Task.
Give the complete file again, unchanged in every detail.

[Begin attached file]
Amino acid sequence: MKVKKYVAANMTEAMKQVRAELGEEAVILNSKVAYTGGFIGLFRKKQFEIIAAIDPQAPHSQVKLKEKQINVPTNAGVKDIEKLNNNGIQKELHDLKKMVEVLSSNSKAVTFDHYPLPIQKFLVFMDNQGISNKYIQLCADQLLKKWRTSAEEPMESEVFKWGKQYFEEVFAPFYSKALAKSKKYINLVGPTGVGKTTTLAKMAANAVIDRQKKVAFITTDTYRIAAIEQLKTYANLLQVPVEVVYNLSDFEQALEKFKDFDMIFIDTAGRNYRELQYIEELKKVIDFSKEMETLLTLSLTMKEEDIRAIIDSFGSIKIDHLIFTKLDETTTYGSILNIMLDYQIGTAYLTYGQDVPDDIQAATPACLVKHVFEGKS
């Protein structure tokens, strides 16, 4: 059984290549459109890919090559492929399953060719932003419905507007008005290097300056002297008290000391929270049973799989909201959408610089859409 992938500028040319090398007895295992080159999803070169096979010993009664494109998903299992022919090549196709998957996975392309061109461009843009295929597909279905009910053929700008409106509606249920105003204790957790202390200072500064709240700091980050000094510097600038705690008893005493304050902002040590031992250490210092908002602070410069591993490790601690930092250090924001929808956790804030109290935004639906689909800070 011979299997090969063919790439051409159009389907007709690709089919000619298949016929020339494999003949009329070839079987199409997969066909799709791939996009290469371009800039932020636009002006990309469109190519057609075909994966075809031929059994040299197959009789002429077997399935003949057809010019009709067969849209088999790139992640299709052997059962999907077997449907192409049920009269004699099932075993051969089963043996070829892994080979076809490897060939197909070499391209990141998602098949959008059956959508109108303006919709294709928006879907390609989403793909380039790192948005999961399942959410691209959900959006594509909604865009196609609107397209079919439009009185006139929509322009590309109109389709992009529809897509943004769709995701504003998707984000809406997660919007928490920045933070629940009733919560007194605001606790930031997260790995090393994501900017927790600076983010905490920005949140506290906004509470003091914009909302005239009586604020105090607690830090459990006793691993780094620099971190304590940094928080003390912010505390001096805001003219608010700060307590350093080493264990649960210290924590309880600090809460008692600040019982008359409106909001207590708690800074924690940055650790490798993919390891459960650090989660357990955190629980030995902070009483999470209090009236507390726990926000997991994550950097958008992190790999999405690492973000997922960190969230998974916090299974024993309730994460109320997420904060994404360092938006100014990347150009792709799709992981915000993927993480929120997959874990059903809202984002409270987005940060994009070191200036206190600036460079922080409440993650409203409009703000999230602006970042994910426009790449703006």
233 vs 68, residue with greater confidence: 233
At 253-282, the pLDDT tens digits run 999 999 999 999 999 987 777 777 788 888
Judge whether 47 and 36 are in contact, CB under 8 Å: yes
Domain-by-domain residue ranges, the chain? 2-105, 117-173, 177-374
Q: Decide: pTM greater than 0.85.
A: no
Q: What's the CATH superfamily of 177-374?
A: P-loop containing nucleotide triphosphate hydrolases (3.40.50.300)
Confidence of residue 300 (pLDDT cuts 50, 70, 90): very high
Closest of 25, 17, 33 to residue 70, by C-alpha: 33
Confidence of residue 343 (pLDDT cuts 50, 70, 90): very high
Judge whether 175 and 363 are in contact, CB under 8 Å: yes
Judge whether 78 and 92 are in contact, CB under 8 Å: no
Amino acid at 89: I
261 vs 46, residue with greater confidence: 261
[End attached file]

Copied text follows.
Amino acid sequence: MKVKKYVAANMTEAMKQVRAELGEEAVILNSKVAYTGGFIGLFRKKQFEIIAAIDPQAPHSQVKLKEKQINVPTNAGVKDIEKLNNNGIQKELHDLKKMVEVLSSNSKAVTFDHYPLPIQKFLVFMDNQGISNKYIQLCADQLLKKWRTSAEEPMESEVFKWGKQYFEEVFAPFYSKALAKSKKYINLVGPTGVGKTTTLAKMAANAVIDRQKKVAFITTDTYRIAAIEQLKTYANLLQVPVEVVYNLSDFEQALEKFKDFDMIFIDTAGRNYRELQYIEELKKVIDFSKEMETLLTLSLTMKEEDIRAIIDSFGSIKIDHLIFTKLDETTTYGSILNIMLDYQIGTAYLTYGQDVPDDIQAATPACLVKHVFEGKS
């Protein structure tokens, strides 16, 4: 059984290549459109890919090559492929399953060719932003419905507007008005290097300056002297008290000391929270049973799989909201959408610089859409 992938500028040319090398007895295992080159999803070169096979010993009664494109998903299992022919090549196709998957996975392309061109461009843009295929597909279905009910053929700008409106509606249920105003204790957790202390200072500064709240700091980050000094510097600038705690008893005493304050902002040590031992250490210092908002602070410069591993490790601690930092250090924001929808956790804030109290935004639906689909800070 011979299997090969063919790439051409159009389907007709690709089919000619298949016929020339494999003949009329070839079987199409997969066909799709791939996009290469371009800039932020636009002006990309469109190519057609075909994966075809031929059994040299197959009789002429077997399935003949057809010019009709067969849209088999790139992640299709052997059962999907077997449907192409049920009269004699099932075993051969089963043996070829892994080979076809490897060939197909070499391209990141998602098949959008059956959508109108303006919709294709928006879907390609989403793909380039790192948005999961399942959410691209959900959006594509909604865009196609609107397209079919439009009185006139929509322009590309109109389709992009529809897509943004769709995701504003998707984000809406997660919007928490920045933070629940009733919560007194605001606790930031997260790995090393994501900017927790600076983010905490920005949140506290906004509470003091914009909302005239009586604020105090607690830090459990006793691993780094620099971190304590940094928080003390912010505390001096805001003219608010700060307590350093080493264990649960210290924590309880600090809460008692600040019982008359409106909001207590708690800074924690940055650790490798993919390891459960650090989660357990955190629980030995902070009483999470209090009236507390726990926000997991994550950097958008992190790999999405690492973000997922960190969230998974916090299974024993309730994460109320997420904060994404360092938006100014990347150009792709799709992981915000993927993480929120997959874990059903809202984002409270987005940060994009070191200036206190600036460079922080409440993650409203409009703000999230602006970042994910426009790449703006």
233 vs 68, residue with greater confidence: 233
At 253-282, the pLDDT tens digits run 999 999 999 999 999 987 777 777 788 888
Judge whether 47 and 36 are in contact, CB under 8 Å: yes
Domain-by-domain residue ranges, the chain? 2-105, 117-173, 177-374
Q: Decide: pTM greater than 0.85.
A: no
Q: What's the CATH superfamily of 177-374?
A: P-loop containing nucleotide triphosphate hydrolases (3.40.50.300)
Confidence of residue 300 (pLDDT cuts 50, 70, 90): very high
Closest of 25, 17, 33 to residue 70, by C-alpha: 33
Confidence of residue 343 (pLDDT cuts 50, 70, 90): very high
Judge whether 175 and 363 are in contact, CB under 8 Å: yes
Judge whether 78 and 92 are in contact, CB under 8 Å: no
Amino acid at 89: I
261 vs 46, residue with greater confidence: 261